Emmanuel Macron says 'non' to replica of UK's Dry January campaign

French President Emmanuel Macron is opposed to promoting a Dry January equivalent in France, according to the president of the champagne makers' union.

Speaking after eating lunch with the French leader in Epernay on Thursday, Maxime Toubart said Mr Macron had assured him that he did not support a "Janvier Sec", which is inspired by the British campaign to encourage sobriety for a month.

"He told us, 'You can let it be known that there will be no Janvier Sec,'" Mr Toubart recalled to Vitisphere, a specialist outlet covering French wine industry news.

The comments were made as France's national health agency was said to be preparing a campaign launch for a Dry January replica.

Reports of the campaign in early November led to concerns from wine and champagne experts across France about the economic impact of an alcohol-free month.

A statement from the National Association of the Elected Officials of the Vine and the Wine (ANEV) said an equivalent of Dry January would place extra pressure on an industry already "facing serious commercial difficulties today".

It added: "Particularly with the US surtax on imports of French wine or the uncertainty around Brexit."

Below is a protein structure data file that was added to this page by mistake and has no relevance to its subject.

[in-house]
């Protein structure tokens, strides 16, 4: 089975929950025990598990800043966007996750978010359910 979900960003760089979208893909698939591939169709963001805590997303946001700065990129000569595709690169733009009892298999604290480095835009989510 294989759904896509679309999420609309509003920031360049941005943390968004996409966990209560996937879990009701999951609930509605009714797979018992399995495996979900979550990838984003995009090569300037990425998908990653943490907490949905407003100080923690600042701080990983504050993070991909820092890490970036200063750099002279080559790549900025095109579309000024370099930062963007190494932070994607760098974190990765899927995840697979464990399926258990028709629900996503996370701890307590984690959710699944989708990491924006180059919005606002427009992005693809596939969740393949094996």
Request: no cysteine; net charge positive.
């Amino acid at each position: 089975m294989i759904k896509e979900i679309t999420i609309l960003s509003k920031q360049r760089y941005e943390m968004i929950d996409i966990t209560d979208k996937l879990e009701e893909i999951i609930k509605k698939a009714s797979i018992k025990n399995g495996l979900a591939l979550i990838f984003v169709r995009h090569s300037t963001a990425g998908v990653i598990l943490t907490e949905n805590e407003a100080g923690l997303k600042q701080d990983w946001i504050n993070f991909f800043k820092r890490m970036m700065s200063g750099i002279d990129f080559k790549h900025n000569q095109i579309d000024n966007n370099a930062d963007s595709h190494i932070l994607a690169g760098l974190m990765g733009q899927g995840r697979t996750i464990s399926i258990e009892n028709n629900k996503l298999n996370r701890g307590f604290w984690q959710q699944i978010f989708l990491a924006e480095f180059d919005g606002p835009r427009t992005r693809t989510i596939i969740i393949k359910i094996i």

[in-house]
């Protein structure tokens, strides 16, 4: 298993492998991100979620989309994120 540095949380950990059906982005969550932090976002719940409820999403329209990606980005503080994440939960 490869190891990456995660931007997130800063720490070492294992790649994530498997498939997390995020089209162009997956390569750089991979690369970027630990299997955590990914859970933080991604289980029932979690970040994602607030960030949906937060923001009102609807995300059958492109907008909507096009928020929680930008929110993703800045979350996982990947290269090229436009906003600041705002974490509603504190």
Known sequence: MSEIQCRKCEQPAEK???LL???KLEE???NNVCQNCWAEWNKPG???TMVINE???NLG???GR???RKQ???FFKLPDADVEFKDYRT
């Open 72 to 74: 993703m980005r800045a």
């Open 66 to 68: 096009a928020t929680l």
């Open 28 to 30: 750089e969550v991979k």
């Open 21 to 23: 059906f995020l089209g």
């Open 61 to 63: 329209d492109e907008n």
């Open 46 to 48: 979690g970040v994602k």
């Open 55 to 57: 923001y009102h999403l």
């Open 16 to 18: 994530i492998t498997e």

But a joint statement from a number of French associations combatting addictions said the goal of cutting alcohol was "obviously not to lead to total abstinence, but to question its consumption and to become aware of the relationship between society and alcohol".

Citing the British campaign, it added: "Dry January in the United Kingdom offers people who wish to take a break from alcohol for a month to see the benefits on their body and in their daily lives."

The statement went on to say that Mr Macron's reported comments to champagne experts "would show the influence the alcohol sector has on political choices in the field of public health".

In the UK, a joint study by the Royal Free Hospital and the British Medical Journal in 2018 found that an alcohol-free month lowers blood pressure, cholesterol and the risk of diabetes.

It also reduces the amount of cancer-related proteins that are found in a person's blood.

The University of Sussex also found that Dry January helps participants maintain healthier drinking habits for the rest of the year.